By bus[edit]

There are bus services operating from cities like Kochi, Thiruvananthapuram, Kozhikode, Chennai, Bangalore, Mangalore, Coimbatore to Kottayam. The quality of buses that operate vary significantly. Seats on comfortable, safe and air-conditioned buses that ply on long-distance routes can be had on paying higher fares. So, it is best to verify that what you are getting is in line with your expectations.

By road[edit]

Kottayam is well connected to other cities like Kochi, Thiruvananthapuram, Alappuzha (Alleppey), Chennai, Kannur, Kozhikode, Mangalore, Bangalore, Coimbatore by road.

By boat[edit]

Frequent ferries (run by the Kerala State Water Transport Corporation) from Alappuzha (Alleppey) run throughout the day. Plying through the backwaters, it takes approximately two hours to reach Kottayam. This is the cheapest mode of travel in the state, though not the fastest.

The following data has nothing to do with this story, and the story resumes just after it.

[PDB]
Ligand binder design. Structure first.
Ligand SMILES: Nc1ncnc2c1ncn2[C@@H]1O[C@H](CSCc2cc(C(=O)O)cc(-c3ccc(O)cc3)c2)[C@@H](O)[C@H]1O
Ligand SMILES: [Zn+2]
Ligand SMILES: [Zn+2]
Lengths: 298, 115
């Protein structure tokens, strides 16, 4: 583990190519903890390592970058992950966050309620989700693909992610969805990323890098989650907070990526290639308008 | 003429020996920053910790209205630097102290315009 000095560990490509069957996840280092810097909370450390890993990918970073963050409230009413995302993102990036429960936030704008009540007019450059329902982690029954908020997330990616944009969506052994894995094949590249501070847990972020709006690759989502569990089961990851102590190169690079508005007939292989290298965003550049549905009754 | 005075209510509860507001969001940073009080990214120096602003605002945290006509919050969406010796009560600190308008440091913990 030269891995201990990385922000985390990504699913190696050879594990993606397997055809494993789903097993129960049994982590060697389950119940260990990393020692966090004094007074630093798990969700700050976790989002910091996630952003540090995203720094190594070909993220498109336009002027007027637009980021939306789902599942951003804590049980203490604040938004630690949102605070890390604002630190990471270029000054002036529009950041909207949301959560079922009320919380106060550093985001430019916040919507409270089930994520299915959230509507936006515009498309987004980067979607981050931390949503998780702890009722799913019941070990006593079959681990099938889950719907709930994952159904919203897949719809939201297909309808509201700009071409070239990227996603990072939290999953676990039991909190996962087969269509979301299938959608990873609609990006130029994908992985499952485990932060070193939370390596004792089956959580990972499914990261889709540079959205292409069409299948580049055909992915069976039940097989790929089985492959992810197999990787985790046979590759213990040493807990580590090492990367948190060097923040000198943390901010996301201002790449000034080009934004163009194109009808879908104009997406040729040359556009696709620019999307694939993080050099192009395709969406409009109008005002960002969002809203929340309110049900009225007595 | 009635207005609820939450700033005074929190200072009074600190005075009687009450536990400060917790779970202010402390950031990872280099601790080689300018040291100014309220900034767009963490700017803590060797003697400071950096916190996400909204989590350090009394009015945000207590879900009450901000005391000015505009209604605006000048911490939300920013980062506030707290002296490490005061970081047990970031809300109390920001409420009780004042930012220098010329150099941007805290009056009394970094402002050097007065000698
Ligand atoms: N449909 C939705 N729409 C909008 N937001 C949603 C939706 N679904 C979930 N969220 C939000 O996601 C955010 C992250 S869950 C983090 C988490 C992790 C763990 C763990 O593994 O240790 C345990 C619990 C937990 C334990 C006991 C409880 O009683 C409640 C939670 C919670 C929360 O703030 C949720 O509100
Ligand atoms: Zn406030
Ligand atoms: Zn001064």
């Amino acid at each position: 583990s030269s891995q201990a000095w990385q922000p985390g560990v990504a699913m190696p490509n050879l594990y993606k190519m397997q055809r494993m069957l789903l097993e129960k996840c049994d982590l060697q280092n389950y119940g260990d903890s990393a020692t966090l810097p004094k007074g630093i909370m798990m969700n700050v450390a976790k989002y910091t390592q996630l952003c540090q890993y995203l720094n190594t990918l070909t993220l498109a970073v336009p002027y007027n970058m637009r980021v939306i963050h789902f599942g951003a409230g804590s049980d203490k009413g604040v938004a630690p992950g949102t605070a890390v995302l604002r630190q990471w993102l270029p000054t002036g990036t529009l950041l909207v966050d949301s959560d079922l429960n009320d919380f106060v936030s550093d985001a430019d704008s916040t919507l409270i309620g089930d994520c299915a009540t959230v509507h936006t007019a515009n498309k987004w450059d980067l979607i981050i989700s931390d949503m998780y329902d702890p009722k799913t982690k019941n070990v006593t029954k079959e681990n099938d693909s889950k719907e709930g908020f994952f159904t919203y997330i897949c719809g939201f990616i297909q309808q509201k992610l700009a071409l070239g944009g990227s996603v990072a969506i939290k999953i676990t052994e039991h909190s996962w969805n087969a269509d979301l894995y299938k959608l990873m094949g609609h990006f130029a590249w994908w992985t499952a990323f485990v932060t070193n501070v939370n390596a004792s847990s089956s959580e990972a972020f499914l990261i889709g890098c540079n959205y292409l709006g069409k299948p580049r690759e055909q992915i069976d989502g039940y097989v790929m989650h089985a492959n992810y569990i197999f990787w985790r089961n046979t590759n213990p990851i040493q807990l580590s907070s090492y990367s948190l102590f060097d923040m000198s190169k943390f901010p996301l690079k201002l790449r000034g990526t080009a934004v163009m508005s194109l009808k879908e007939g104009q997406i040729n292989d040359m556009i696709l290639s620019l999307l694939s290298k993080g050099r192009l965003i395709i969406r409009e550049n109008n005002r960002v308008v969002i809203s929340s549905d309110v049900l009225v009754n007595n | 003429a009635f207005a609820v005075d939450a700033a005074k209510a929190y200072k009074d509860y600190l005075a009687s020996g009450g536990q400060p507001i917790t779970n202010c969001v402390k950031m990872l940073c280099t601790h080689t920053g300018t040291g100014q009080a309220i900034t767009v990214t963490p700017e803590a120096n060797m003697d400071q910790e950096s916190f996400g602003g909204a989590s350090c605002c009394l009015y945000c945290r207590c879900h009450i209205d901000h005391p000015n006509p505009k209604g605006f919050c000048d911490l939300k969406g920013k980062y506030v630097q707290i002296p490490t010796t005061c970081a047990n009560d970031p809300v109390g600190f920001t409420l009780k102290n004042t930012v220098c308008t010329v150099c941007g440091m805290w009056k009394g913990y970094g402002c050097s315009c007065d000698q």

Get around[edit]

  • Bus - Kottayam has a comprehenhsive local bus system which is inexpensive. Be warned, however, buses can become extremely crowded during rush hour.
  • Autorickshaw - This is another inexpensive way of getting between places in town, and is recommended if you're weary of travelling by a crowded bus. As is the case with most of the rest of India, drivers may try cheat the unsuspecting traveller. Official rates are INR 12 for the first kilometre and INR 6 for every additional kilometre, though the rate increases at night.
  • Taxi - Local taxis are also available, though they are considerably more expensive than autorickshaws. There are taxi stands at the District Collectorate, and at the District Hospital.